If that's not enough, you can learn about what went into portraying and visualizing the new Goblin, Venom, and Gwen Stacy, and then get a primer on fight scenes and editing. They may be short features, but they clock in at about two hours collectively.
The package is rounded out by a "blooper" reel that turns into shots of the stars clowning around, galleries which show the storyboards and production designs, trailers, and the "Signal Fire" music video.
There's one conspicuous absence, since deleted scenes are mentioned in commentary but not included. A soundtrack CD would have been great, too.
The Rebuttal Witnesses
If you still read comic books or the funnies page, you know how Peter's tribulations with MJ are going to turn out—if the movie series lasts long enough. You probably know how anything else in Spider-Man 3 will turn out, too.
And how long can Peter Parker keep his identity a secret when he's always losing his mask—especially when Spider-Man keeps rescuing Peter's friends and fiancee? The Spider-Man movies adhere to their own internal logic—one that keeps Peter Parker's struggles relatable but could leave you scratching your head.
You'll also be puzzled over how Peter Parker—even with the proportionate strength of a spider—withstands all the pounding he gets in this movie.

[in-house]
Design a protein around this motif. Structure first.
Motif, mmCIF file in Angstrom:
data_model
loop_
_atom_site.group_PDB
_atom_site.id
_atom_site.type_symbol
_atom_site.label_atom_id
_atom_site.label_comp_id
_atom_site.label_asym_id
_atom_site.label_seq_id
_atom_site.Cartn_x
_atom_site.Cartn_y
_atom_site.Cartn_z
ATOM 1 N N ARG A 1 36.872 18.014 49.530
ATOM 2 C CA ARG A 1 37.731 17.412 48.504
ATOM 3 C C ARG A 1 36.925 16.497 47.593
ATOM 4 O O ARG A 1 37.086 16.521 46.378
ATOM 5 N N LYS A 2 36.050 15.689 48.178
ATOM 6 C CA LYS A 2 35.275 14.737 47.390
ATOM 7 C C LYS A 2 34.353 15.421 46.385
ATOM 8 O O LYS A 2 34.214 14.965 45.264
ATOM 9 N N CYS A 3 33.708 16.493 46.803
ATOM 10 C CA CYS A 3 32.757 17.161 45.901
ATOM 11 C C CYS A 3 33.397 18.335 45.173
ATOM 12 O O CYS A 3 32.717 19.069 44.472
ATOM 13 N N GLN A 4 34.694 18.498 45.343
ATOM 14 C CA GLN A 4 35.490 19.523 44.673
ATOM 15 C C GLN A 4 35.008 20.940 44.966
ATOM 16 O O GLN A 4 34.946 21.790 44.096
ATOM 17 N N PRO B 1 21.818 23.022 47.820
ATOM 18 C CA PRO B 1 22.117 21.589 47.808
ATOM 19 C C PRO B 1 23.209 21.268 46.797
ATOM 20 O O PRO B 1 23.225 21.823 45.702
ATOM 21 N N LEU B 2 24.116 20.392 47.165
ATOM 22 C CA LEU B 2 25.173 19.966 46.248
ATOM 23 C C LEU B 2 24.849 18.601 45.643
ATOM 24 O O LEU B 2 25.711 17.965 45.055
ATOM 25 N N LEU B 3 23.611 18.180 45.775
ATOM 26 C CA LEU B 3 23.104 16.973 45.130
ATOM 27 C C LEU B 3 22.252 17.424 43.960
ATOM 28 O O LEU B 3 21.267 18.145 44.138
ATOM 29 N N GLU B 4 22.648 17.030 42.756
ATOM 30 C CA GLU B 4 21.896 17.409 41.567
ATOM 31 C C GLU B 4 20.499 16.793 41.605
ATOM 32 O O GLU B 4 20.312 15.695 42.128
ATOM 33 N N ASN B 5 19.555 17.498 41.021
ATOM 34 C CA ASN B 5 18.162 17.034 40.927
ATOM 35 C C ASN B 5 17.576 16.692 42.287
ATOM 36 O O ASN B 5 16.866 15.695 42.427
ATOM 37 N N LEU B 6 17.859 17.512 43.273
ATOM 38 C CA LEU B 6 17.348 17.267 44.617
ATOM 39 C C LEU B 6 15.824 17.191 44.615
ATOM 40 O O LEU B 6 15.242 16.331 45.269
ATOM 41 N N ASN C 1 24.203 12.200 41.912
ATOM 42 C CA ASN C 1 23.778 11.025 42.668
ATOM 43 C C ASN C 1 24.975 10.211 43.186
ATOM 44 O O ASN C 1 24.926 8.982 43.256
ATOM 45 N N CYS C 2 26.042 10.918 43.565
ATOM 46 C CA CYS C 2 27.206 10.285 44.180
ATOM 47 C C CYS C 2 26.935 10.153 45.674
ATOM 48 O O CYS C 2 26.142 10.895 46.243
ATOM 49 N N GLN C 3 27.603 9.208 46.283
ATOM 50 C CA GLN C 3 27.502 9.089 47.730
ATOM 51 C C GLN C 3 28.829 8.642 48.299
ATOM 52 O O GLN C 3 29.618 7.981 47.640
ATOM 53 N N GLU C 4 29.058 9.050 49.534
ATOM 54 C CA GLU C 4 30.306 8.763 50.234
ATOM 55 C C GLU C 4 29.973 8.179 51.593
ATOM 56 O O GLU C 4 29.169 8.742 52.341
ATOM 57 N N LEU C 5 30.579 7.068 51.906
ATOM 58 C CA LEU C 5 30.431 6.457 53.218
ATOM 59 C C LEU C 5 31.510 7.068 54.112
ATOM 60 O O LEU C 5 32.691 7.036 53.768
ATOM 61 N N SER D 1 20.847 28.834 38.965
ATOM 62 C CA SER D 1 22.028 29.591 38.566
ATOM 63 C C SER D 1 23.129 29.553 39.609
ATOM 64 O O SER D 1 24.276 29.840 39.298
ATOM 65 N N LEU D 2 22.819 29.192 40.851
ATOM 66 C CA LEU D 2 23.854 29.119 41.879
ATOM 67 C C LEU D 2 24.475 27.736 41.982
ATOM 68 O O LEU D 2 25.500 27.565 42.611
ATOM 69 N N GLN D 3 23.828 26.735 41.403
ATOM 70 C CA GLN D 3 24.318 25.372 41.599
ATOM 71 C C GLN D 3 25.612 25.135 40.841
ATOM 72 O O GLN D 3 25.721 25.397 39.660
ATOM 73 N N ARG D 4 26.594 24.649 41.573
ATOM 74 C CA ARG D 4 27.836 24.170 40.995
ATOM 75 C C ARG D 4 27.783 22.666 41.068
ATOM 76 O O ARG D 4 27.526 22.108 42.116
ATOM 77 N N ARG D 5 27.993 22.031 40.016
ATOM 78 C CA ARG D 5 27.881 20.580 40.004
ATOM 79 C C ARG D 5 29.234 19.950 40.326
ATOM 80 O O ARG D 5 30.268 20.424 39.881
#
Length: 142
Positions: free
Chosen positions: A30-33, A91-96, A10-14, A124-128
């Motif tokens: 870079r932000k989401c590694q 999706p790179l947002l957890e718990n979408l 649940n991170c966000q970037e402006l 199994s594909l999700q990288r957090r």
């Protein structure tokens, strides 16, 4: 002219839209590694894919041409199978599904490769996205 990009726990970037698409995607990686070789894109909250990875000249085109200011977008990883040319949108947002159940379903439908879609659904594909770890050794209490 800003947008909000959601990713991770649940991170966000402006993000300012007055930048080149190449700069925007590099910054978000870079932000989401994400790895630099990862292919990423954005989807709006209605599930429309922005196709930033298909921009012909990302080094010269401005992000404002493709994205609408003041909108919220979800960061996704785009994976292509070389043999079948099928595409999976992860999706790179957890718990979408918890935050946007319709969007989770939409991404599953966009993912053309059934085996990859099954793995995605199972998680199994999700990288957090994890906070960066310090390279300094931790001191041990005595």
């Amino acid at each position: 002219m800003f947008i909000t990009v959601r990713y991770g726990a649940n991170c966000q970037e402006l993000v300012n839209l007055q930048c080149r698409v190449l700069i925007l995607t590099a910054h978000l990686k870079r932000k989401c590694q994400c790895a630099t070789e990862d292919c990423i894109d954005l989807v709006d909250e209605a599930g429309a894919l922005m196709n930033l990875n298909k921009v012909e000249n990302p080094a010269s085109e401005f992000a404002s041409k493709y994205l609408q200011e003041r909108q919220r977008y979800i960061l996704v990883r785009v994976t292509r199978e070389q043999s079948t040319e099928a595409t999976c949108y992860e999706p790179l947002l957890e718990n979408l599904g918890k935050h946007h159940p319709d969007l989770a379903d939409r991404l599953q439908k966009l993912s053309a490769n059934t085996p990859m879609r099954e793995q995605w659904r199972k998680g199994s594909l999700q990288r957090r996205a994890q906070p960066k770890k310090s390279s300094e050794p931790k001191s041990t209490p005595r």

Spider-Man 3 wraps up a lot of storylines from the previous two movies, but Peter and MJ still haven't reached the altar. Will Tobey Maguire and Kirsten Dunst stick around long enough to see the relationship through, with Sam Raimi as matchmaker? All three have left the question open, according to Sci-Fi Wire.
Even though the Marvel nuptials were left to Reed Richards and Sue Storm this summer, Spider-Man 3 reaches a satisfying conclusion, with Peter growing as a person so he can live up to his responsibilities, web-slinging and otherwise.
If you've seen the first two, you've got to see Spider-Man 3. If you're one of the few who hasn't, I recommend it, but try to see this series in order. Spider-Man 3 works on its own but the series has a serial aspect, as you'll note from the recap montage during the opening credits. Maybe they should just do a "Previously on Spider-Man…" at the start of the film next time.
Should you plunk down for the Two-Disc Special Edition? Fans will find that there's plenty to keep you occupied, but the lack of deleted scenes foreshadows a possible double-dip later. If you just don't care how Sandman was brought to life, the features won't impress you much anyway.
By now, Tobey Maguire and Kirsten Dunst might be hoping for bad reviews—a la MJ's stage debut—in hopes of being rid of the Spider-Saga forever. That "I'll never fall again" line could have had literal meaning for Dunst as well as MJ. Sorry, you two: Not guilty.
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Scales of Justice
• Commentary by Sam Raimi and Cast